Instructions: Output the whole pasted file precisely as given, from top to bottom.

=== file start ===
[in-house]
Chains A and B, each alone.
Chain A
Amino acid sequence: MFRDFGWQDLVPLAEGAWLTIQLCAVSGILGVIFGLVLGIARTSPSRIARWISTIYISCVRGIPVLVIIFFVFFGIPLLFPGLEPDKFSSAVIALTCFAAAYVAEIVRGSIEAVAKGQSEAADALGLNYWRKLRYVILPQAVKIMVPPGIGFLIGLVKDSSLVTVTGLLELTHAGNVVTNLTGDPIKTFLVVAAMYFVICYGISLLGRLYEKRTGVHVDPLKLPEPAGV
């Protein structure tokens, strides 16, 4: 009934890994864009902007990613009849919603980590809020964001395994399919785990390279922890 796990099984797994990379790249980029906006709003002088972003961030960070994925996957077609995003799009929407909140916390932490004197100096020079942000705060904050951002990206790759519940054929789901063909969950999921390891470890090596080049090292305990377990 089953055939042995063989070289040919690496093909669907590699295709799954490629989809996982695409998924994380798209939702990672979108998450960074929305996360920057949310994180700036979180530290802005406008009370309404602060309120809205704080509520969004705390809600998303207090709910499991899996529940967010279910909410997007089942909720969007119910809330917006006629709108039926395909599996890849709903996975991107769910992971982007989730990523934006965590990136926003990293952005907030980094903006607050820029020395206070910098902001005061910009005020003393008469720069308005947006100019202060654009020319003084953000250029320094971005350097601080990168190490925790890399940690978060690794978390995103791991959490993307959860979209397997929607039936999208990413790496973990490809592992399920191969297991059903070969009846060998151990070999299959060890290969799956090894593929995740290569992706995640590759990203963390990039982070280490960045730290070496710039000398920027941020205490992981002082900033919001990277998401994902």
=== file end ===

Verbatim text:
[in-house]
Chains A and B, each alone.
Chain A
Amino acid sequence: MFRDFGWQDLVPLAEGAWLTIQLCAVSGILGVIFGLVLGIARTSPSRIARWISTIYISCVRGIPVLVIIFFVFFGIPLLFPGLEPDKFSSAVIALTCFAAAYVAEIVRGSIEAVAKGQSEAADALGLNYWRKLRYVILPQAVKIMVPPGIGFLIGLVKDSSLVTVTGLLELTHAGNVVTNLTGDPIKTFLVVAAMYFVICYGISLLGRLYEKRTGVHVDPLKLPEPAGV
């Protein structure tokens, strides 16, 4: 009934890994864009902007990613009849919603980590809020964001395994399919785990390279922890 796990099984797994990379790249980029906006709003002088972003961030960070994925996957077609995003799009929407909140916390932490004197100096020079942000705060904050951002990206790759519940054929789901063909969950999921390891470890090596080049090292305990377990 089953055939042995063989070289040919690496093909669907590699295709799954490629989809996982695409998924994380798209939702990672979108998450960074929305996360920057949310994180700036979180530290802005406008009370309404602060309120809205704080509520969004705390809600998303207090709910499991899996529940967010279910909410997007089942909720969007119910809330917006006629709108039926395909599996890849709903996975991107769910992971982007989730990523934006965590990136926003990293952005907030980094903006607050820029020395206070910098902001005061910009005020003393008469720069308005947006100019202060654009020319003084953000250029320094971005350097601080990168190490925790890399940690978060690794978390995103791991959490993307959860979209397997929607039936999208990413790496973990490809592992399920191969297991059903070969009846060998151990070999299959060890290969799956090894593929995740290569992706995640590759990203963390990039982070280490960045730290070496710039000398920027941020205490992981002082900033919001990277998401994902």